COVID-19-related stress and anxiety are associated with negative body image in adults from the United Kingdom
Peer reviewed, Journal article
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- Scientific articles 
Original versionPersonality and Individual Differences. 2021, 170 . 10.1016/j.paid.2020.110426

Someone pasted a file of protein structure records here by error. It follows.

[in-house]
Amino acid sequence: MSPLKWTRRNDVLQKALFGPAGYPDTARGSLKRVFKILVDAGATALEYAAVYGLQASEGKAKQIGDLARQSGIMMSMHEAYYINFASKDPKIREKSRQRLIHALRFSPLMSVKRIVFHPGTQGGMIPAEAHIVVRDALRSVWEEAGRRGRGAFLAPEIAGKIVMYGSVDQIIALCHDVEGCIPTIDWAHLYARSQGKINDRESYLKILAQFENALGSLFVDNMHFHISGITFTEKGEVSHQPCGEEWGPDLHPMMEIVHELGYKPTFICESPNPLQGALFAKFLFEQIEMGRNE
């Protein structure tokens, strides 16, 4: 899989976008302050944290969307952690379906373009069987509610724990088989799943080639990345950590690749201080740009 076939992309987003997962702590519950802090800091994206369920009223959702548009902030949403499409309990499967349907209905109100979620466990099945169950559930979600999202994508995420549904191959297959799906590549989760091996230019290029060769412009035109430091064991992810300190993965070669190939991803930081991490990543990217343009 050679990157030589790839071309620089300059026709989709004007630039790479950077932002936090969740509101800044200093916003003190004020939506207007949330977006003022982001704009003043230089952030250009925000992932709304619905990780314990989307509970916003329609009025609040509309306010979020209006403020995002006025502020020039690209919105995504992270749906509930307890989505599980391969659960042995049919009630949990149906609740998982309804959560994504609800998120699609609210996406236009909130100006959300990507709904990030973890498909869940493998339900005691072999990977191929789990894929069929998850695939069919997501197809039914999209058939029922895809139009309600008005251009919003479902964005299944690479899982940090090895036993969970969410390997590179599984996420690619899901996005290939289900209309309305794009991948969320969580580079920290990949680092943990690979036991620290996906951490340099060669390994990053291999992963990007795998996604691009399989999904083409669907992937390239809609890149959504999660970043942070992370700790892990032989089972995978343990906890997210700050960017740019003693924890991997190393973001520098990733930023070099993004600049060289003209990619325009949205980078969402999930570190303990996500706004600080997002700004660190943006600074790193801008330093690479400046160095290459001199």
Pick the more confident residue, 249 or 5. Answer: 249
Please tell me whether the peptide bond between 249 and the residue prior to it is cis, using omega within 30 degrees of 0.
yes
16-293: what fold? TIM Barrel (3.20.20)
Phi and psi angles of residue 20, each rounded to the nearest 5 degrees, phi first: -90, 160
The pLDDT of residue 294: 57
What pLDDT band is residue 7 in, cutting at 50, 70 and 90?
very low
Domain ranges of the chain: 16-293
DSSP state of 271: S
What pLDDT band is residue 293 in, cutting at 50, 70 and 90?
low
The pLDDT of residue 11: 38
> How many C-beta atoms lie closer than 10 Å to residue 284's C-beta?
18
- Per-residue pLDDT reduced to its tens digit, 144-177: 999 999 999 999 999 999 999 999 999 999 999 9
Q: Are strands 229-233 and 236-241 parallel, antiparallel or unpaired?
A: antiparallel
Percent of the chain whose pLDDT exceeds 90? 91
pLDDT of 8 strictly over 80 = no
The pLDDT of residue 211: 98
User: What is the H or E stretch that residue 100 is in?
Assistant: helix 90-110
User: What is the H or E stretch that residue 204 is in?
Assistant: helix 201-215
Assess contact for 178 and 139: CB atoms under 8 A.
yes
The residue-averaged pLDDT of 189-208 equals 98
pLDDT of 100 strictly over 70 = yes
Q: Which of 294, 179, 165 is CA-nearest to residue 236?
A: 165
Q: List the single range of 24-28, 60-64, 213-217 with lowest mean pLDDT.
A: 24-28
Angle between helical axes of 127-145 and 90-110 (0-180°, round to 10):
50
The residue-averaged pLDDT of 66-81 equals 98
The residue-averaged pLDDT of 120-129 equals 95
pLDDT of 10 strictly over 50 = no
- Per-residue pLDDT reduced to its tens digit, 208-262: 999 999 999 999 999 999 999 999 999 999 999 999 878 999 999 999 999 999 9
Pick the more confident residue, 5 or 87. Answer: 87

The stress and anxiety caused by the coronavirus (COVID-19) pandemic presents a serious threat to psychological well-being in populations worldwide and may also extend to body image outcomes. To test this hypothesis, we conducted a preliminary study in which an online sample of adults from the United Kingdom (N = 506, age M = 34.25 years) were asked to complete measures of perceived stress, stressful life events, trait anxiety, COVID-19-related stress and anxiety, and negative body image (body dissatisfaction and drive for thinness in women, body fat and muscularity dissatisfaction in men). The results of hierarchical regressions indicated that COVID-19-related stress and anxiety explained significant incremental variance in body image outcomes (Adj. ΔR2 = .02 to .10), over-and-above demographics (age and body mass index) and perceived stress, trait anxiety, and stressful life events. These findings suggest that COVID-19-related stress and anxiety may shape body image outcomes under conditions of physical and social distancing.